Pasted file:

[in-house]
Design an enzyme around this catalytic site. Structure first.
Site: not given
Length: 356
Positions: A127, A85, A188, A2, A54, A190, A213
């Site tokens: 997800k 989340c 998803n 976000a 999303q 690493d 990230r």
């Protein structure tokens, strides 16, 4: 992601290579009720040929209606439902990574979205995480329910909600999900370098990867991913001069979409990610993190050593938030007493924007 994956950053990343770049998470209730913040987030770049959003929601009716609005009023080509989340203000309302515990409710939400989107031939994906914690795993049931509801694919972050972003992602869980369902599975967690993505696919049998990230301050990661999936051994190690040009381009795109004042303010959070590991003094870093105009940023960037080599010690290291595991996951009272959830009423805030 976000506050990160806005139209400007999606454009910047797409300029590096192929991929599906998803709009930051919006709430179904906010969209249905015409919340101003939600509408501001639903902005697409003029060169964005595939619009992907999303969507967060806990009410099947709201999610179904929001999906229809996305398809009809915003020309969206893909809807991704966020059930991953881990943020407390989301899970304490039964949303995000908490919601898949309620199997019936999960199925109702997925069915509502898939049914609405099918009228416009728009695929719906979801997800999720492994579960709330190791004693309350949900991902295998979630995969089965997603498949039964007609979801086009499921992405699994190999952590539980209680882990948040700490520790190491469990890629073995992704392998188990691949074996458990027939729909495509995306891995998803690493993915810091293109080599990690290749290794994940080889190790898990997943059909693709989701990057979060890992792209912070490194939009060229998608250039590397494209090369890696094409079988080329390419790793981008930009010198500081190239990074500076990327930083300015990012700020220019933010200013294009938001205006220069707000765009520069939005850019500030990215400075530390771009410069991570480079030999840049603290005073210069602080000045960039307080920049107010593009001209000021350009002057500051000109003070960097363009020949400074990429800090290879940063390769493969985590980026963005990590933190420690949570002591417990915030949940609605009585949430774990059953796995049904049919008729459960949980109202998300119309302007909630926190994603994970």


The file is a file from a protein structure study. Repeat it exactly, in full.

[in-house]
Design an enzyme around this catalytic site. Structure first.
Site: not given
Length: 356
Positions: A127, A85, A188, A2, A54, A190, A213
């Site tokens: 997800k 989340c 998803n 976000a 999303q 690493d 990230r």
């Protein structure tokens, strides 16, 4: 992601290579009720040929209606439902990574979205995480329910909600999900370098990867991913001069979409990610993190050593938030007493924007 994956950053990343770049998470209730913040987030770049959003929601009716609005009023080509989340203000309302515990409710939400989107031939994906914690795993049931509801694919972050972003992602869980369902599975967690993505696919049998990230301050990661999936051994190690040009381009795109004042303010959070590991003094870093105009940023960037080599010690290291595991996951009272959830009423805030 976000506050990160806005139209400007999606454009910047797409300029590096192929991929599906998803709009930051919006709430179904906010969209249905015409919340101003939600509408501001639903902005697409003029060169964005595939619009992907999303969507967060806990009410099947709201999610179904929001999906229809996305398809009809915003020309969206893909809807991704966020059930991953881990943020407390989301899970304490039964949303995000908490919601898949309620199997019936999960199925109702997925069915509502898939049914609405099918009228416009728009695929719906979801997800999720492994579960709330190791004693309350949900991902295998979630995969089965997603498949039964007609979801086009499921992405699994190999952590539980209680882990948040700490520790190491469990890629073995992704392998188990691949074996458990027939729909495509995306891995998803690493993915810091293109080599990690290749290794994940080889190790898990997943059909693709989701990057979060890992792209912070490194939009060229998608250039590397494209090369890696094409079988080329390419790793981008930009010198500081190239990074500076990327930083300015990012700020220019933010200013294009938001205006220069707000765009520069939005850019500030990215400075530390771009410069991570480079030999840049603290005073210069602080000045960039307080920049107010593009001209000021350009002057500051000109003070960097363009020949400074990429800090290879940063390769493969985590980026963005990590933190420690949570002591417990915030949940609605009585949430774990059953796995049904049919008729459960949980109202998300119309302007909630926190994603994970």